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MCC president makes argument for expansion

Published: Tuesday, May 13, 2014 9:25 p.m. CDT

CRYSTAL LAKE – McHenry County College president Vicky Smith attempted to break a gridlock on future expansion for the college by giving trustees a slew of statistics showing a new building is necessary.

Trustees have spent more than a year discussing expansion options ranging from small renovations to $40 million buildings with no clear consensus, but Smith said statistics show more room is badly needed for basic education needs.

Of the 39 community colleges in Illinois, McHenry County College ranks 33rd when it comes to gross square footage per full-time equivalent student. The average gross square foot of space per student increased from 125 square feet in 2001 to roughly 140 in 2012 among Illinois community colleges.

In 2012, McHenry County College had 92 square feet per full-time equivalent student. Nearby Elgin Community College had 154 square feet per full-time equivalent student.

"You don't necessarily have to compare us," Smith said. "But you can see why it is tough for us to find space to schedule classes."

In addition to the square-foot comparison, Smith said the average class size at the college is 22.9 students – the second highest in the state – compared to the 18.7 students per class average.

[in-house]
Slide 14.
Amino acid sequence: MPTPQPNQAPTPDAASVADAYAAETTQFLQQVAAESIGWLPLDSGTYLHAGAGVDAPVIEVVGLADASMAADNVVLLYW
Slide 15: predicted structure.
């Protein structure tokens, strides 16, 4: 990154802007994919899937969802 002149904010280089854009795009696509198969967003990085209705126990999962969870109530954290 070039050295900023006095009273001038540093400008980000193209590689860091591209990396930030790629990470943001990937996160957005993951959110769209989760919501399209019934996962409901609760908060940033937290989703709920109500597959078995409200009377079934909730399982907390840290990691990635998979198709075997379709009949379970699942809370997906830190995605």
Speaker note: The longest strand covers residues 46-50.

Smith urged the board to select an architect within the next two months to start the process of at least developing ideas of how expansion could look. In the meantime, Smith said she would likely need to put portable classrooms on the campus to make space for classes starting in the fall.

Trustee Tom Wilbeck said statistics and data are too focused on the peak hours of classroom usage between 10 a.m. and 2 p.m. and not the 8 a.m. to 10 p.m. hours the space can be used for.

Using data from the college, Wilbeck said 43 percent of classes have fewer than 15 students in them and roughly half the art classes have 10 students or less. He also said 64 percent of classrooms are not used between 8 a.m. and 9 a.m.

"We have a fiduciary responsibility as trustees," he said. "This resource has a capacity. That capacity is from 8 a.m. to 10 p.m., but we constantly take a look at that four-hour slice from 10 a.m. to 2 p.m."

Board chairman Ron Parrish also said he still believes off-campus options are available for far less cost to the college.

"I can't understand how we can continue to keep our heels dug in and not consider all the options," Parrish said, noting more online courses are also an option. "We seem to be just grossly ignoring any opportunity."

After months of students addressing the board with pleas for more space, Smith also said the college would like to move forward with an interim solution until trustees can come to an agreement on expansion. 

Smith said the college would convert the atrium into five rooms with see-through dividers that would give students a space to meet and socialize. The conversion would cost roughly $60,000 with all the furniture and dividers that would be needed. 

"It's not that we haven't been listening to all the students who have been coming forward," Smith said. "This can serve as an interim until we get additional space here."

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